in rout by the son of Tydeus, and many though they were, they
dared not abide his onslaught.
Now when the son of Lycaon saw him scouring the plain and driving
the Trojans pell-mell before him, he aimed an arrow and hit the
front part of his cuirass near the shoulder: the arrow went right
through the metal and pierced the flesh, so that the cuirass was
covered with blood. On this the son of Lycaon shouted in triumph,
"Knights Trojans, come on; the bravest of the Achaeans is
wounded, and he will not hold out much longer if King Apollo was
indeed with me when I sped from Lycia hither."
Thus did he vaunt; but his arrow had not killed Diomed, who
withdrew and made for the chariot and horses of Sthenelus, the
son of Capaneus. "Dear son of Capaneus," said he, "come down from
your chariot, and draw the arrow out of my shoulder."
Sthenelus sprang from his chariot, and drew the arrow from the
wound, whereon the blood came spouting out through the hole that
had been made in his shirt. Then Diomed prayed, saying, "Hear me,
daughter of aegis-bearing Jove, unweariable, if ever you loved my
father well and stood by him in the thick of a fight, do the like
now by me; grant me to come within a spear's throw of that man
and kill him. He has been too quick for me and has wounded me;
and now he is boasting that I shall not see the light of the sun
much longer."
Thus he prayed, and Pallas Minerva heard him; she made his limbs
supple and quickened his hands and his feet. Then she went up
close to him and said, "Fear not, Diomed, to do battle with the
Trojans, for I have set in your heart the spirit of your knightly
father Tydeus. Moreover, I have withdrawn the veil from your
eyes, that you know gods and men apart. If, then, any other god
comes here and offers you battle, do not fight him; but should
Jove's daughter Venus come, strike her with your spear and wound
her."
When she had said this Minerva went away, and the son of Tydeus
again took his place among the foremost fighters, three times
more fierce even than he had been before. He was like a lion that
some mountain shepherd has wounded, but not killed, as he is
springing over the wall of a sheep-yard to attack the sheep. The
shepherd has roused the brute to fury but cannot defend his
flock, so he takes shelter under cover of the buildings, while
the sheep, panic-stricken on being deserted, are smothered in
heaps one on top of the other, and the angry lion leaps out over
the sheep-yard wall. Even thus did Diomed go furiously about
among the Trojans.
He killed Astynous, and Hypeiron shepherd of his people, the one
with a thrust of his spear, which struck him above the nipple,
the other with a sword-cut on the collar-bone, that severed his
shoulder from his neck and back. He let both of them lie, and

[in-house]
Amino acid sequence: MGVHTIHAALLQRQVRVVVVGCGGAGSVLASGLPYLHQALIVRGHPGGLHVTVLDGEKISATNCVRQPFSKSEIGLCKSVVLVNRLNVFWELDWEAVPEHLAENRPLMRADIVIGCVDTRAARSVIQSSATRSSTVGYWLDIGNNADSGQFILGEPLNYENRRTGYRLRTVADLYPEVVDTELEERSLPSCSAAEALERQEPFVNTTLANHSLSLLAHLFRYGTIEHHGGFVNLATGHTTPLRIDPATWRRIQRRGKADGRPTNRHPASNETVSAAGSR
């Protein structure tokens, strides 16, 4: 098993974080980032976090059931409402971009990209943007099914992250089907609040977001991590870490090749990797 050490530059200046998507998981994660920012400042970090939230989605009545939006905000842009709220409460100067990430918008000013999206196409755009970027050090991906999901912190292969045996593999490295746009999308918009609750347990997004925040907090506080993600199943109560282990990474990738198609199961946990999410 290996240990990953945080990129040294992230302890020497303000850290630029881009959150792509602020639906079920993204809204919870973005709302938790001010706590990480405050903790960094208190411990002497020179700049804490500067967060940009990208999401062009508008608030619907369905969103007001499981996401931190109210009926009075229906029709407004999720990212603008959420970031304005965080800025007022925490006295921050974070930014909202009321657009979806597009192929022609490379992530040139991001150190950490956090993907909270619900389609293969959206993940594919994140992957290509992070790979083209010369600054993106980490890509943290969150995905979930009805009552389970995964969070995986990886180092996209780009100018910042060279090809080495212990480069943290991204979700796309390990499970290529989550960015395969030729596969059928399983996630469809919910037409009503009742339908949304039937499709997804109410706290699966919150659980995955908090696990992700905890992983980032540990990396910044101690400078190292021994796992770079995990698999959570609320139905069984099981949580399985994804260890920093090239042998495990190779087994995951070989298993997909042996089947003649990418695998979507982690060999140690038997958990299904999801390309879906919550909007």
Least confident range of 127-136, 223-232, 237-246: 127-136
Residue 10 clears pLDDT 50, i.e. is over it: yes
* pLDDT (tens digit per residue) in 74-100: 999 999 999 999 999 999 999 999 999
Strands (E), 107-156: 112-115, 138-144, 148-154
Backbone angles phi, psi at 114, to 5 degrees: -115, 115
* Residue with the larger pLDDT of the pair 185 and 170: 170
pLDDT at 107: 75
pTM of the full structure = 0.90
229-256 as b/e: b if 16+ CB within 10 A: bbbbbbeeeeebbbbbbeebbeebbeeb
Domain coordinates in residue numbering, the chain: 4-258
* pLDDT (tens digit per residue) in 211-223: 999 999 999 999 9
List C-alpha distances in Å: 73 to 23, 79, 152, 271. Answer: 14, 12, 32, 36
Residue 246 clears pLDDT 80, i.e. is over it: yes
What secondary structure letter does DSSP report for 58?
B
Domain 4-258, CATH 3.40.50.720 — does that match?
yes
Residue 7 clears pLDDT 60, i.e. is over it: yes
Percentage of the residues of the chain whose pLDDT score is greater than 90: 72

went in pursuit of Abas and Polyidus, sons of the old reader of
dreams Eurydamas: they never came back for him to read them any
more dreams, for mighty Diomed made an end of them. He then gave
chase to Xanthus and Thoon, the two sons of Phaenops, both of
them very dear to him, for he was now worn out with age, and
begat no more sons to inherit his possessions. But Diomed took
both their lives and left their father sorrowing bitterly, for he
nevermore saw them come home from battle alive, and his kinsmen
divided his wealth among themselves.
Then he came upon two sons of Priam, Echemmon and Chromius, as
they were both in one chariot. He sprang upon them as a lion
fastens on the neck of some cow or heifer when the herd is
feeding in a coppice. For all their vain struggles he flung them
both from their chariot and stripped the armour from their
bodies. Then he gave their horses to his comrades to take them
back to the ships.
When Aeneas saw him thus making havoc among the ranks, he went
through the fight amid the rain of spears to see if he could find
Pandarus. When he had found the brave son of Lycaon he said,
"Pandarus, where is now your bow, your winged arrows, and your
renown as an archer, in respect of which no man here can rival
you nor is there any in Lycia that can beat you? Lift then your
hands to Jove and send an arrow at this fellow who is going so
masterfully about, and has done such deadly work among the
Trojans. He has killed many a brave man—unless indeed he is some
god who is angry with the Trojans about their sacrifices, and and
has set his hand against them in his displeasure."
And the son of Lycaon answered, "Aeneas, I take him for none
other than the son of Tydeus. I know him by his shield, the visor
of his helmet, and by his horses. It is possible that he may be a
god, but if he is the man I say he is, he is not making all this
havoc without heaven's help, but has some god by his side who is
shrouded in a cloud of darkness, and who turned my arrow aside
when it had hit him. I have taken aim at him already and hit him
on the right shoulder; my arrow went through the breastpiece of
his cuirass; and I made sure I should send him hurrying to the
world below, but it seems that I have not killed him. There must